TC Energy Corp. unveiled a construction timeline for its controversial Keystone XL crude oil pipeline project to link Canada's oil sands region with a pipeline hub in the U.S. Midwest, but the company has yet to provide essential details of how it will proceed.
In a Jan. 14 court filing, the Calgary, Alberta-based pipeline giant laid out plans to start moving heavy equipment and pipe to construction sites in February, with construction on the estimated C$8 billion-plus project in full swing by August.
The filing acknowledged gaps in regulatory approvals, the largest of which is the unresolved path that the line will take through the Canada-U.S. border in eastern Montana. The filing did not mention TC Energy's own reluctance to announce a formal final investment decision on the project. These issues have raised some skepticism that construction of the project, which the Trump administration supports, will begin before the 2020 U.S. presidential election.
"We view Keystone XL being one step closer to construction as a positive for incremental [Western Canadian oil] egress, but expect news of plans to begin development this spring to be viewed slightly negatively by equity investors without clarity on mitigation of financial risk [equity requirements] and U.S. election risk [permitting] to offset inherent legal/construction risks," analysts at Tudor Pickering Holt & Co. said in a Jan. 15 note. "We currently exclude the unsecured project in our modeled estimates with our base case assuming construction would be delayed until after the election, with the earliest in-service in late 2022."
While some speculated that the most recent construction commitment is another chapter in a decadelong regulatory saga that has been plagued by false starts, TC Energy insisted that the planned construction start would be the real thing.
"Having successfully reached several key milestones on the project, today we filed a status report with Judge [Brian] Morris in Montana outlining our plan to commence pre-construction activities and pipeline construction this spring in Canada and parts of the U.S. as we continue to advance this vital energy infrastructure project," TC Energy spokesman Terry Cunha said in a Jan. 14 email.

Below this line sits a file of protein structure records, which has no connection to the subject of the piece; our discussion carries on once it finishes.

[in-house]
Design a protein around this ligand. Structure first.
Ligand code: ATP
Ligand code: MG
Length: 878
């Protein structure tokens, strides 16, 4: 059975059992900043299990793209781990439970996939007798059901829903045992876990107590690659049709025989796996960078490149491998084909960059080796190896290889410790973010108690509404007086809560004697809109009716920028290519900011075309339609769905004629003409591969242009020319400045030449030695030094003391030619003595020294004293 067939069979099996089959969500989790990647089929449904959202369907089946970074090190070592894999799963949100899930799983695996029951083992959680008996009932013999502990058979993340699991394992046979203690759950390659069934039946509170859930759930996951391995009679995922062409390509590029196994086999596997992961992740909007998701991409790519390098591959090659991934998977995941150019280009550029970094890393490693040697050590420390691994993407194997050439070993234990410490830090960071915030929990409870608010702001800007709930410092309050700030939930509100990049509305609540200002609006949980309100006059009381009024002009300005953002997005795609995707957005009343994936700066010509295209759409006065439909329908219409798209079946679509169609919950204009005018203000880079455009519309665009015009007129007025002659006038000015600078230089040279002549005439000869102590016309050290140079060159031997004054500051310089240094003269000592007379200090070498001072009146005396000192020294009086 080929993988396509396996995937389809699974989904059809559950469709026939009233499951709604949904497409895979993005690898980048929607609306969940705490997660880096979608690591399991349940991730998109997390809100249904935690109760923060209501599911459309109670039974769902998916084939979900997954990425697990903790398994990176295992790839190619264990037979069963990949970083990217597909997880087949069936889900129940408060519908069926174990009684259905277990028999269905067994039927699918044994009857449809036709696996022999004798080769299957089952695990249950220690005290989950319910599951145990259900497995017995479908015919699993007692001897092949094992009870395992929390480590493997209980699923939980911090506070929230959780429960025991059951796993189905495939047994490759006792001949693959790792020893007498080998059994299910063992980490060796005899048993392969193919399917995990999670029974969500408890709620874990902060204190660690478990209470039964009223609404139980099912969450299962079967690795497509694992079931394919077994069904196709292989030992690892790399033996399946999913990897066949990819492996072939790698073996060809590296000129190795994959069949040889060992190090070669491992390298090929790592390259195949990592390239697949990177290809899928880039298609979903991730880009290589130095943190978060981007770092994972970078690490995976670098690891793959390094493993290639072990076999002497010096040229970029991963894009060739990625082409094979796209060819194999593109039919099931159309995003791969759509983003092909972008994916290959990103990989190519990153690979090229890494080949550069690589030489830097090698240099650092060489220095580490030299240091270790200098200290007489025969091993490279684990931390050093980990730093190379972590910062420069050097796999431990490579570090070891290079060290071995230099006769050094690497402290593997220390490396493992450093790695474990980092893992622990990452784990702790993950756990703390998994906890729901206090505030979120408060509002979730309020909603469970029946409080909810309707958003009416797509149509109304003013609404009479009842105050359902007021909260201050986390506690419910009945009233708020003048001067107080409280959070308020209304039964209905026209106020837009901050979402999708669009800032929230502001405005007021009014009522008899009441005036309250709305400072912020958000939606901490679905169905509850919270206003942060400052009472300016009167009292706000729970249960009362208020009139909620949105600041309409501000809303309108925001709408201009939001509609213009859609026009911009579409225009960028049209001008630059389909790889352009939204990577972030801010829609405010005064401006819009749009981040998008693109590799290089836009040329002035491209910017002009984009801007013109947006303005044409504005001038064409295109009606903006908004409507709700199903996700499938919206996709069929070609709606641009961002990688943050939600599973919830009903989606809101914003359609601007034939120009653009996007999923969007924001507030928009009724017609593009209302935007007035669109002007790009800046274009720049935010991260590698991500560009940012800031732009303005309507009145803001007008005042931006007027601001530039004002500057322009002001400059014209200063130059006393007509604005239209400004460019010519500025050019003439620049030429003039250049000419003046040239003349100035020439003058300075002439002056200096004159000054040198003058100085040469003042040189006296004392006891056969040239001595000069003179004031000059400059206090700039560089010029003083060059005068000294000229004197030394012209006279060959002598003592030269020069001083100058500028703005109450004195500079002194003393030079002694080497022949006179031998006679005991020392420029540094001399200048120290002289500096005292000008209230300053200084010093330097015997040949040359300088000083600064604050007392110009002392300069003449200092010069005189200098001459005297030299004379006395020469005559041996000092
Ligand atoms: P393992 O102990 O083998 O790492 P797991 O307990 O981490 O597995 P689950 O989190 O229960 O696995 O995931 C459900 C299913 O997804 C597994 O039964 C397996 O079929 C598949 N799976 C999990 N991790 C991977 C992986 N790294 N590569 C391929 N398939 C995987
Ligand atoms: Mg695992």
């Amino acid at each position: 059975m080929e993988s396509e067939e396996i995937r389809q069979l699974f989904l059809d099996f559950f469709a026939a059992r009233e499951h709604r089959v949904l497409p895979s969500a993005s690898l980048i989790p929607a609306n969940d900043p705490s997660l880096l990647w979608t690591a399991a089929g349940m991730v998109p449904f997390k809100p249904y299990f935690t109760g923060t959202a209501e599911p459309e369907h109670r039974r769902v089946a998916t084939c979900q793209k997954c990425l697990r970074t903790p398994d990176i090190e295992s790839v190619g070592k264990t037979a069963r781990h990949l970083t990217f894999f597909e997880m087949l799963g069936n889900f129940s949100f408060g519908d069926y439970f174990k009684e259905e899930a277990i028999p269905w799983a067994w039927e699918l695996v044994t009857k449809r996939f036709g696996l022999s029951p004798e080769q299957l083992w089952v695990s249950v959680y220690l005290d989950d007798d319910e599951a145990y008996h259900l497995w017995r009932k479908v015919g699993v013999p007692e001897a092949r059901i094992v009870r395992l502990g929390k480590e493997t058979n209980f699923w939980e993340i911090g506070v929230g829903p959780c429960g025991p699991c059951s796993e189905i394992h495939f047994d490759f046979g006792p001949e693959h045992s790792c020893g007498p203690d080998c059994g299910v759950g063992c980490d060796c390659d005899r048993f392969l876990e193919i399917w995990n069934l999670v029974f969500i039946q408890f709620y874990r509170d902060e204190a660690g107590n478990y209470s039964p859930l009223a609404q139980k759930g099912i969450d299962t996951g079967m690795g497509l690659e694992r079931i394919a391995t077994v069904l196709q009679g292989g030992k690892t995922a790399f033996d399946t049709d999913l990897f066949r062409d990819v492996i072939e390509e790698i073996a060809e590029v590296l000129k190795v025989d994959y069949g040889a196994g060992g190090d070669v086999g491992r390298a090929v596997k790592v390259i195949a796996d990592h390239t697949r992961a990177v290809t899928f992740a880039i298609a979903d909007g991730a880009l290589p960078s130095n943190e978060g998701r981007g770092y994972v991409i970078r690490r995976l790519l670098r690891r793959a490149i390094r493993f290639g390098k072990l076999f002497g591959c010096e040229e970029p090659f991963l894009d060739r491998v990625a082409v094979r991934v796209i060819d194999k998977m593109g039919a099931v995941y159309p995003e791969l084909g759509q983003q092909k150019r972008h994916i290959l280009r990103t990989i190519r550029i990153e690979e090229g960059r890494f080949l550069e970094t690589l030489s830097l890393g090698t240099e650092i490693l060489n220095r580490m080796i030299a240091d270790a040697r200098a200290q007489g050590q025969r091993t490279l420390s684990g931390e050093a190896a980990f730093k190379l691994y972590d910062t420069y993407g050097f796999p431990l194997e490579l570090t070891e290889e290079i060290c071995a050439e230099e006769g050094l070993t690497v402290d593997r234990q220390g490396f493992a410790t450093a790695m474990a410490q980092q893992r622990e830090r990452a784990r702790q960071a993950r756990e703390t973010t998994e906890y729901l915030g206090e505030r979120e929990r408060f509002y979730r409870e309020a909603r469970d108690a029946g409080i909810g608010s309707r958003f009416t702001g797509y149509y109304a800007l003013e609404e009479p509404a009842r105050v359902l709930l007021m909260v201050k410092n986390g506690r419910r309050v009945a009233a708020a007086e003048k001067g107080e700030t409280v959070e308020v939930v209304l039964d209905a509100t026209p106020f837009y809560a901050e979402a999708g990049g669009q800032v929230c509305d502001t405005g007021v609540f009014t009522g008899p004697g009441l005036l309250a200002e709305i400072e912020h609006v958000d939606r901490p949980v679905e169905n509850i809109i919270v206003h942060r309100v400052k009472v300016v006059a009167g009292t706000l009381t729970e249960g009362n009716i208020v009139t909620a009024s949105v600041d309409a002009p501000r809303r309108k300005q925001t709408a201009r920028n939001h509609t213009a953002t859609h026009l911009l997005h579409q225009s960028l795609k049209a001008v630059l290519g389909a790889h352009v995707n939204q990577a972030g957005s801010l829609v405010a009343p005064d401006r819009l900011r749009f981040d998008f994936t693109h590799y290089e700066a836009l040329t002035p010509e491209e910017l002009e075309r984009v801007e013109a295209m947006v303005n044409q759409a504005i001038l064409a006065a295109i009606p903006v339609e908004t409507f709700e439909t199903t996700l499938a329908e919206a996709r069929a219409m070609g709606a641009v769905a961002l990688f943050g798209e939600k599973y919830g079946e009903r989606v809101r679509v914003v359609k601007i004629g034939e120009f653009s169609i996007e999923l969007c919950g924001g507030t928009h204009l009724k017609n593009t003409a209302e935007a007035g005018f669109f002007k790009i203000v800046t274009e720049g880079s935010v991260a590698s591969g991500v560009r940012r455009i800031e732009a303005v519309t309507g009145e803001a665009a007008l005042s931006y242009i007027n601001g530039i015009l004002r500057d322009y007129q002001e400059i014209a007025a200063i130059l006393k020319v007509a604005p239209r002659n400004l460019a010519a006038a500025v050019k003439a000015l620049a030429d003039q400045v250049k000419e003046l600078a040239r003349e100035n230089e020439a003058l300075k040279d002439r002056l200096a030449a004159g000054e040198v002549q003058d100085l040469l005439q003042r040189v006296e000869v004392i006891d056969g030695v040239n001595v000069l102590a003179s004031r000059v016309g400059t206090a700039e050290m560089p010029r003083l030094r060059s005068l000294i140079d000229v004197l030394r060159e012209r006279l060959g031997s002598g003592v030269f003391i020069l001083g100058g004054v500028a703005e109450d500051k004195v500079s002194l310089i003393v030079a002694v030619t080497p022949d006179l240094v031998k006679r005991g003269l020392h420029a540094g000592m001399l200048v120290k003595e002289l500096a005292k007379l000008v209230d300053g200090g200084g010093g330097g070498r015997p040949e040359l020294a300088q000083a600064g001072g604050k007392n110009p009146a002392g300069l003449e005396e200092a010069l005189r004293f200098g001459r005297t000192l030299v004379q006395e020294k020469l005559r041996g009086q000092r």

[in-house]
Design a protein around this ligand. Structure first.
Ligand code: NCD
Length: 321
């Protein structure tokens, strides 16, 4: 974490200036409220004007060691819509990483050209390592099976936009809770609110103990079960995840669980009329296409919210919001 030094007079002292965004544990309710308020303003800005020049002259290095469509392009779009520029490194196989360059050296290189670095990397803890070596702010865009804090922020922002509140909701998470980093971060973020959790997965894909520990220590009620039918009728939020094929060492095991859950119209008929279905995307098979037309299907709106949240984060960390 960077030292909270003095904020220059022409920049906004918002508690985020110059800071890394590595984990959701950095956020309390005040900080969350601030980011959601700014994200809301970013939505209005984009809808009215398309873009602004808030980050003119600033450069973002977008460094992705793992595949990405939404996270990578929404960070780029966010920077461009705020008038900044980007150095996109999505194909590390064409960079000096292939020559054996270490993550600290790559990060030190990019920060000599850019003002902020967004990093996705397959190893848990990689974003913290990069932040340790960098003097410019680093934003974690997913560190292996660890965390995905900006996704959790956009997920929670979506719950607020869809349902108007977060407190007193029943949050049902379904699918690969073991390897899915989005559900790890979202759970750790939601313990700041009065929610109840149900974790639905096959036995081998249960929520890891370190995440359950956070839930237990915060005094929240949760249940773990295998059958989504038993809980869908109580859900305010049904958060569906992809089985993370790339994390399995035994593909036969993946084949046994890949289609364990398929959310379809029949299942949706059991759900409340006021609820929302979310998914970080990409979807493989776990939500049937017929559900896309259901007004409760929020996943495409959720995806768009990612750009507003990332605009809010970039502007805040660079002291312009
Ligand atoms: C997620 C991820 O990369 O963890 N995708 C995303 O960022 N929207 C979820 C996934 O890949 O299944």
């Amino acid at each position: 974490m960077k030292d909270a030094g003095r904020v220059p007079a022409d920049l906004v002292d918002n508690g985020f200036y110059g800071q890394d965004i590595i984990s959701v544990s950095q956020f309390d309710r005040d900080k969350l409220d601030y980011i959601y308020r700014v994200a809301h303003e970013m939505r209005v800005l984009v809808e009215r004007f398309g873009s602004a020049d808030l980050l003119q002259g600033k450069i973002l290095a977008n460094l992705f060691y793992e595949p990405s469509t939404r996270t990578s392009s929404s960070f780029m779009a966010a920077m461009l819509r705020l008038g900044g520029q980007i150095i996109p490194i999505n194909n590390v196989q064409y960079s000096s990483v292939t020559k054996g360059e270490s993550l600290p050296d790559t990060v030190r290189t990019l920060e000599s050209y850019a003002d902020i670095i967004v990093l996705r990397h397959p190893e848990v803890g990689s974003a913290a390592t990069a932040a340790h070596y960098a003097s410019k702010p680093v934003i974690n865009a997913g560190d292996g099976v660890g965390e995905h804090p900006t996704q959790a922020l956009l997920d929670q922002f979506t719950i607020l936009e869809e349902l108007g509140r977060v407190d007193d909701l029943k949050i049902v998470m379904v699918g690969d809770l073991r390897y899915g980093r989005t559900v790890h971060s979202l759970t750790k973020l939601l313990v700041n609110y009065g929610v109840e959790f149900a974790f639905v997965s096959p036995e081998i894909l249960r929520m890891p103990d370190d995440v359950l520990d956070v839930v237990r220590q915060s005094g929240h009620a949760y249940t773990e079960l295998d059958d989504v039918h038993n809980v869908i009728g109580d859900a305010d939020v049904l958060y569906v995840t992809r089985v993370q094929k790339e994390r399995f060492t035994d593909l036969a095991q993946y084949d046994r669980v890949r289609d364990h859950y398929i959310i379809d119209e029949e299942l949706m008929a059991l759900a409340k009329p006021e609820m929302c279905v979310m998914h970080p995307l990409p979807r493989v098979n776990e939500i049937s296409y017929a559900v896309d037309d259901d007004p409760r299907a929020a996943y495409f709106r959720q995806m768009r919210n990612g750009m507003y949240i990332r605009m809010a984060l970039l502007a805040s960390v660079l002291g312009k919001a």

The company said in its filing that work would include moving pipe and heavy equipment to construction sites and activity on pumping stations by August. It did not provide a cost estimate for the work it plans to do in 2020.
TC Energy's Cushing, Okla., terminal would see a large upswing in deliveries of heavy crude from Canada's oil sands region with the completion of the Keystone XL pipeline.
The project, which at one point seemed so certain that TC Energy ordered the pipe for the 1,179-mile proposed conduit, was sidelined in 2015 when the Obama administration denied a key license known as a presidential permit, which is required for construction of trans-border infrastructure. Newly elected President Donald Trump approved the permit in January 2017. When environmental and regulatory approvals for that permit were challenged in a U.S. district court in Montana, which led to an injunction against construction, the Trump administration withdrew the permit and issued a new one in March 2019.
While the new permit has also been challenged by environmental and Native American groups, U.S. District Judge Brian Morris — who issued the injunction in the case of the first permit — on Dec. 20, 2019, denied a bid to block construction under the new permit. In his ruling, reported by Omaha, Neb., television station WOWT 6, Morris allowed challenges to the permit to continue through the courts.
If completed, Keystone XL would have capacity of 830,000 barrels per day and link a major oil sands hub in Hardisty, Alberta, with a hub in Steele City, Neb., that connects with lines to the U.S. Midwest and Gulf Coast.
The possible start of construction is viewed as good news in McCone County, Mont., where TC Energy would become the biggest taxpayer once Keystone XL is completed. The pipeline would traverse the 2,683-square-mile county, which has a population of fewer than 1,700. James Moos, the presiding officer of the county's commissioners, said the region has been hit hard financially in recent years and support is high for the project.
"A large majority of the people in our county support it and are looking forward to it," Moos said in a telephone interview. "We're a strictly agricultural county, and it's been tough to take care of our taxpayers without raising our taxes a bunch. When you have nothing but agriculture to speak of, it's tough. We don't have oil, and we don't have anything else."